MOST CCTV systems in Waltham Forest are defunct due to a lack of investment, it has emerged.

A cabinet report says the equipment used by police and the authority is “significantly past recommended life expectancy”.

The method of camera control and image recording is described as obsolete and soon to be beyond repair.

The report, which will be considered by cabinet next Tuesday (September 14) seeks approval for the “urgent” replacement of CCTV systems at a cost of £312,000.

A total of £135,000 will be needed from the council’s contingency fund to cover the cost.

Officers also request that rules are waivered to enable the extension of an existing monitoring contract with Enfield Council.

While many view the proliferation of CCTV as an attack on personal freedom, the report asserts that its primary objective is to catch and deter criminals while reducing residents’ fear of crime.

The revelation comes following a recent upsurge of violence in the borough, much of it suspected to be gang related.

There have been six non-fatal publicly reported stabbings alone in Leytonstone in the last two months, with at least six shootings in the borough this summer, including the murder of a 39-year-old in Chingford in July.

According to statistics published in July, cases of gun crime are up 14 per cent on last year, with robbery up 17 per cent.

Deputy Borough Commander Sue Williams said that a "core element" of youths in Waltham Forest, including many knife crime victims, were refusing to co-operate with police, leaving them no choice but to press ahead with prosecutions based solely on other types of evidence.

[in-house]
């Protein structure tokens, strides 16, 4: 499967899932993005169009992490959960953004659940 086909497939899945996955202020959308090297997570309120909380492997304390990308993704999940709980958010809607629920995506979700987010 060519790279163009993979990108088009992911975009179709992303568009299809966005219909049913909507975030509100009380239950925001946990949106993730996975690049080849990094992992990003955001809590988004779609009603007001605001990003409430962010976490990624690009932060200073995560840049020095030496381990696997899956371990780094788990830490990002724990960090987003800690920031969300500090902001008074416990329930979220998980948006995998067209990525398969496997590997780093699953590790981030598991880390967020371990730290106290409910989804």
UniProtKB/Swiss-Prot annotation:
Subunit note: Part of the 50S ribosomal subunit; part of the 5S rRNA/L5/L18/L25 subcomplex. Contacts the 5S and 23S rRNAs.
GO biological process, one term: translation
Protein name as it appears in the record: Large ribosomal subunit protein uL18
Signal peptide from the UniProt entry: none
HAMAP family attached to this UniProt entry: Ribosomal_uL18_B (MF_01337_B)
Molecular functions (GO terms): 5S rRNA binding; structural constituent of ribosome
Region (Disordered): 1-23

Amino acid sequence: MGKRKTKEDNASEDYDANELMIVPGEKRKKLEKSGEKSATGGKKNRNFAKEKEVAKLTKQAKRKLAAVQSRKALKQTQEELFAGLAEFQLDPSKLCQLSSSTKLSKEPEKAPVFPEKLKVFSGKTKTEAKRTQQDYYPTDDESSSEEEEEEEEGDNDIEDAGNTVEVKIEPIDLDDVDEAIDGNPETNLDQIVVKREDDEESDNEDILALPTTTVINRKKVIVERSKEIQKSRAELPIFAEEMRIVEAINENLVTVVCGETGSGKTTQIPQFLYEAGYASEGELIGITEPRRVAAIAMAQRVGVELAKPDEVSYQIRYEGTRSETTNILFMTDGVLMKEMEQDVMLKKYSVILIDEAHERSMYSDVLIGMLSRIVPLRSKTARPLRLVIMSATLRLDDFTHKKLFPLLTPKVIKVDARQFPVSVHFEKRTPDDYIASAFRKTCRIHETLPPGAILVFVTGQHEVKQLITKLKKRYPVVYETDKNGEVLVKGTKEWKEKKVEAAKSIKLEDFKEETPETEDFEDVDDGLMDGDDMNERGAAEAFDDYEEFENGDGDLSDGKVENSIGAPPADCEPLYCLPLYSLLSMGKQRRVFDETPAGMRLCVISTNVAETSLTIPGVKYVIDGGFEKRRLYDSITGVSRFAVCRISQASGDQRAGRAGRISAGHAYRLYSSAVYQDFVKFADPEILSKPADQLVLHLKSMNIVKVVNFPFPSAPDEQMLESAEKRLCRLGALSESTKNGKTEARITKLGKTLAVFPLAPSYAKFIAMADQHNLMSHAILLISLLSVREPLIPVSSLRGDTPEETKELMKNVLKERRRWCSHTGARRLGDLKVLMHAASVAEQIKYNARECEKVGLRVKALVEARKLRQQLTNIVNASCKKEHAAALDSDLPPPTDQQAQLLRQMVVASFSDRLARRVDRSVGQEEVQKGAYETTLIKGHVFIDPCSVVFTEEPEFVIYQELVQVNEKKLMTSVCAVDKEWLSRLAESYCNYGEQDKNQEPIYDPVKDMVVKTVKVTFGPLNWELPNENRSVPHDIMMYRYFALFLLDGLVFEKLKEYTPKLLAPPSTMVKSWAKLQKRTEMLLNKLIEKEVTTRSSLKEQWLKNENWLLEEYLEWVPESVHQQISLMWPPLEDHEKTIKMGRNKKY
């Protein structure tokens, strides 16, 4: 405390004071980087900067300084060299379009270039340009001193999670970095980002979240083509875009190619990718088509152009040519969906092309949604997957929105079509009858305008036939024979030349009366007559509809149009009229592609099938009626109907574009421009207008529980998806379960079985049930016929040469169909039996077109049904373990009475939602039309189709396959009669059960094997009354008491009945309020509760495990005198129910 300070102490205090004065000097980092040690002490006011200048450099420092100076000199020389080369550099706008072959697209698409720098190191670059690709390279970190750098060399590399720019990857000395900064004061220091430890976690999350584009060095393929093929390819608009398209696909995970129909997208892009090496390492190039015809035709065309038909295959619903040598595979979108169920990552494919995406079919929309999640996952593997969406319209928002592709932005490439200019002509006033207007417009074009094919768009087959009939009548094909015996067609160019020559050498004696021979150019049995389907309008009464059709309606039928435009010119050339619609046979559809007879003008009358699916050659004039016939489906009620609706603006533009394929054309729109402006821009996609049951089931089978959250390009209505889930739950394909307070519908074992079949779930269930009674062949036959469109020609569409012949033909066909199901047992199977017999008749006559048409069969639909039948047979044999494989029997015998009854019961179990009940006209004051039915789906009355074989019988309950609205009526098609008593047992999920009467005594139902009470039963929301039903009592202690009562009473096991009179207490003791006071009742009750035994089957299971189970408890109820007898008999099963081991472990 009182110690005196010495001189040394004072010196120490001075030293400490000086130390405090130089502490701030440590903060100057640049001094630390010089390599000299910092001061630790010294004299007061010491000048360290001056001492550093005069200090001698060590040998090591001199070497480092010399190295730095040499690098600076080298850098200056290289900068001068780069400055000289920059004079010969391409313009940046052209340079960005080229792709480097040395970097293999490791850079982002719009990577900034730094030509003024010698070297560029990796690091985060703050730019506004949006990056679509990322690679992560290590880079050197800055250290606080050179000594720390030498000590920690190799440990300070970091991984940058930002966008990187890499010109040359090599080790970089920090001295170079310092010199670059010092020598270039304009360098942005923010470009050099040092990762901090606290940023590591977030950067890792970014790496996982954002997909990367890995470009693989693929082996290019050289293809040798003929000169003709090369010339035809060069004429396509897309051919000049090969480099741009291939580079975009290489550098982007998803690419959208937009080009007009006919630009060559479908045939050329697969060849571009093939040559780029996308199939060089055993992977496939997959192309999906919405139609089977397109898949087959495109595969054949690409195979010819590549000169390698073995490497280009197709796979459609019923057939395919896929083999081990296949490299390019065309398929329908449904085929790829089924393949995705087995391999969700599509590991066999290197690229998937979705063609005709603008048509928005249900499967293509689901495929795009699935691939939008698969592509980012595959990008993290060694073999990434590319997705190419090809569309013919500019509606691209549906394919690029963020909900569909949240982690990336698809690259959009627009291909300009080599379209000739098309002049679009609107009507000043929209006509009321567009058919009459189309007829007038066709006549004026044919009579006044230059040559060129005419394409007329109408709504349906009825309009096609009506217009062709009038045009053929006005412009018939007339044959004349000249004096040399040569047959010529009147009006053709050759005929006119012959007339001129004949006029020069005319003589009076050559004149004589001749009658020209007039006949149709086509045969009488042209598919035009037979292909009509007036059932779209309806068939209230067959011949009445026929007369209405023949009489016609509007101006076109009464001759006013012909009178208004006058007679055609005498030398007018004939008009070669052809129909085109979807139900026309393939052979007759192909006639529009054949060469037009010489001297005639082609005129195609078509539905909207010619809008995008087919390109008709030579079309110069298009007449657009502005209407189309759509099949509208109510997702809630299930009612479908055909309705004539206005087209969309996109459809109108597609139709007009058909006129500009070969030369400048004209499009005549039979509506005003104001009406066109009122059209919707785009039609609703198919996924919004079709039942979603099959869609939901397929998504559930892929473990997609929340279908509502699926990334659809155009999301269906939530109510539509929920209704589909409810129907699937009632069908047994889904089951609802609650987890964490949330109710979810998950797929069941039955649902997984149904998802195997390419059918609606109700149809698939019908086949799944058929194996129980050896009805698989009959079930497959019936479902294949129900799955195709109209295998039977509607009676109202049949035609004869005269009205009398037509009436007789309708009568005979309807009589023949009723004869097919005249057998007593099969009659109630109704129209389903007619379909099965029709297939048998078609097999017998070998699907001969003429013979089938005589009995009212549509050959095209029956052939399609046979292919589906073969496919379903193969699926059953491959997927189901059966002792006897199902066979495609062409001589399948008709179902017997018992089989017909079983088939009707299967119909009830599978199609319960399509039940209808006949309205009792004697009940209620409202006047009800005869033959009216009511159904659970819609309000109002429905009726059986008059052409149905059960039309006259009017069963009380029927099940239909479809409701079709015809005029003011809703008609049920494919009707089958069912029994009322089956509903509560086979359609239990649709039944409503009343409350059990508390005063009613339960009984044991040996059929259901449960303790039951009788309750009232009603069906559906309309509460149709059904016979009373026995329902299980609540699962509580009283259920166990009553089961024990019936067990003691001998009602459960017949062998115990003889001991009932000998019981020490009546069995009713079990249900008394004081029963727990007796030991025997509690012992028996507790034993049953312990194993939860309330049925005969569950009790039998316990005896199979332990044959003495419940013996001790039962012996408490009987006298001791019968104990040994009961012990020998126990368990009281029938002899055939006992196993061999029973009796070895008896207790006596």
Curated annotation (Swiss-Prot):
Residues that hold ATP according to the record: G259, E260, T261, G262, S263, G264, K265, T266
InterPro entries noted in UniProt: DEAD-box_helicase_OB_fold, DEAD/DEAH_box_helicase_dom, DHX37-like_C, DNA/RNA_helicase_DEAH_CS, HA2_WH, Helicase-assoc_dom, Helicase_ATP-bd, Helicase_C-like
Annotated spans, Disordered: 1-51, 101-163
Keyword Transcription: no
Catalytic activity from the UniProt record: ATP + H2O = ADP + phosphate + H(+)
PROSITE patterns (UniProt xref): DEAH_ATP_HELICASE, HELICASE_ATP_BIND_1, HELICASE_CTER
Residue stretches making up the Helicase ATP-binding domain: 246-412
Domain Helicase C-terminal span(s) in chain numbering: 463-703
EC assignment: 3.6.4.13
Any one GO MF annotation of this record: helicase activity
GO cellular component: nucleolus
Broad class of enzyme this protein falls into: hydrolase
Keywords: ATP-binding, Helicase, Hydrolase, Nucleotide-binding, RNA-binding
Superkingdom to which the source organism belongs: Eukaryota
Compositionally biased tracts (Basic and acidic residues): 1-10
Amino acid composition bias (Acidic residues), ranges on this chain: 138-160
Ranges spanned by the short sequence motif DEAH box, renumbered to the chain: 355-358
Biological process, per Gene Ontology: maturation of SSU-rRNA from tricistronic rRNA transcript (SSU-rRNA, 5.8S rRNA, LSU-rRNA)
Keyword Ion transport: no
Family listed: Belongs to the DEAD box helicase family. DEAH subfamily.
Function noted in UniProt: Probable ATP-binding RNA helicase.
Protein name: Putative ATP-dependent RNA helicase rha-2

Earlier this year the council launched a campaign to urge the Metropolitan Police Authority to allocate at least 120 extra police officers to the borough.

But new borough commander chief Supt Steve Wisbey later said it was not his job to argue for more staff but to work with the resources he has.

The council recently refused to confirm whether a CCTV camera pointing directly at the scene of a non-fatal shooting on the Marlowe Road Estate in Walthamstow was working at the time.

Ascham Homes, which manages the estate on behalf of the authority and also manages CCTV systems, was criticised by residents who accused the organisation of failing to protect tenants.

At the time, resident Domenico Melito, 41, said: "Ascham Homes do not care and they are the reason people don't feel safe.

"They take no responsibility. We keep trying to get Ascham Homes to give us security but they don't listen.”

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